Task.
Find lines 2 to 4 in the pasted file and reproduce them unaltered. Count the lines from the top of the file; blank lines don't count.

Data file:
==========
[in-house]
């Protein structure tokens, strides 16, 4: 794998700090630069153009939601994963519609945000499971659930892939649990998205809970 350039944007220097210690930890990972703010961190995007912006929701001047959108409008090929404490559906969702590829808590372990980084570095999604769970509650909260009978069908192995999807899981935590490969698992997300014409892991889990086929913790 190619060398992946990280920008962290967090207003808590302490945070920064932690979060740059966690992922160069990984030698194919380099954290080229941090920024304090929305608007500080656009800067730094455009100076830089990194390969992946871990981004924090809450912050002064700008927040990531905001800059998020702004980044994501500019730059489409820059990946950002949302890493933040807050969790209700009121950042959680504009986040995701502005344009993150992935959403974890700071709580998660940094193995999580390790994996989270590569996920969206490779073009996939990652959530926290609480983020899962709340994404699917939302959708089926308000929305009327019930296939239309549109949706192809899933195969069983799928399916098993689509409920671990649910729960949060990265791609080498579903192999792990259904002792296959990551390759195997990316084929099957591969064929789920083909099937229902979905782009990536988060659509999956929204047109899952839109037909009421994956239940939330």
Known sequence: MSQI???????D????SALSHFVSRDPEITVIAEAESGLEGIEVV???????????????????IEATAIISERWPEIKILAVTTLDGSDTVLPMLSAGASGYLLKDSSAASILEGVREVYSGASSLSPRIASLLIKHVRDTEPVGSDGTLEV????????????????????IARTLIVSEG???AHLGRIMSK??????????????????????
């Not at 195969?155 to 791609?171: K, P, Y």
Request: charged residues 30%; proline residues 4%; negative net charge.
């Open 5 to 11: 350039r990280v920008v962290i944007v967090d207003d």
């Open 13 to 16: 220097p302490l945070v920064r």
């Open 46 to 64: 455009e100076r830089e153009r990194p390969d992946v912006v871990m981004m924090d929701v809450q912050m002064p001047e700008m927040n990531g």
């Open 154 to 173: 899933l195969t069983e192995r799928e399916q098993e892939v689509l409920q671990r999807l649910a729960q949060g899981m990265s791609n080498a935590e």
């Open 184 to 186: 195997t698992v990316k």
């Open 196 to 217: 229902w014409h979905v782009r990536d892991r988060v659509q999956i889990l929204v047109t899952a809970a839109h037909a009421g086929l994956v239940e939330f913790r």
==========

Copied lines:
């Protein structure tokens, strides 16, 4: 794998700090630069153009939601994963519609945000499971659930892939649990998205809970 350039944007220097210690930890990972703010961190995007912006929701001047959108409008090929404490559906969702590829808590372990980084570095999604769970509650909260009978069908192995999807899981935590490969698992997300014409892991889990086929913790 190619060398992946990280920008962290967090207003808590302490945070920064932690979060740059966690992922160069990984030698194919380099954290080229941090920024304090929305608007500080656009800067730094455009100076830089990194390969992946871990981004924090809450912050002064700008927040990531905001800059998020702004980044994501500019730059489409820059990946950002949302890493933040807050969790209700009121950042959680504009986040995701502005344009993150992935959403974890700071709580998660940094193995999580390790994996989270590569996920969206490779073009996939990652959530926290609480983020899962709340994404699917939302959708089926308000929305009327019930296939239309549109949706192809899933195969069983799928399916098993689509409920671990649910729960949060990265791609080498579903192999792990259904002792296959990551390759195997990316084929099957591969064929789920083909099937229902979905782009990536988060659509999956929204047109899952839109037909009421994956239940939330």
Known sequence: MSQI???????D????SALSHFVSRDPEITVIAEAESGLEGIEVV???????????????????IEATAIISERWPEIKILAVTTLDGSDTVLPMLSAGASGYLLKDSSAASILEGVREVYSGASSLSPRIASLLIKHVRDTEPVGSDGTLEV????????????????????IARTLIVSEG???AHLGRIMSK??????????????????????
């Not at 195969?155 to 791609?171: K, P, Y």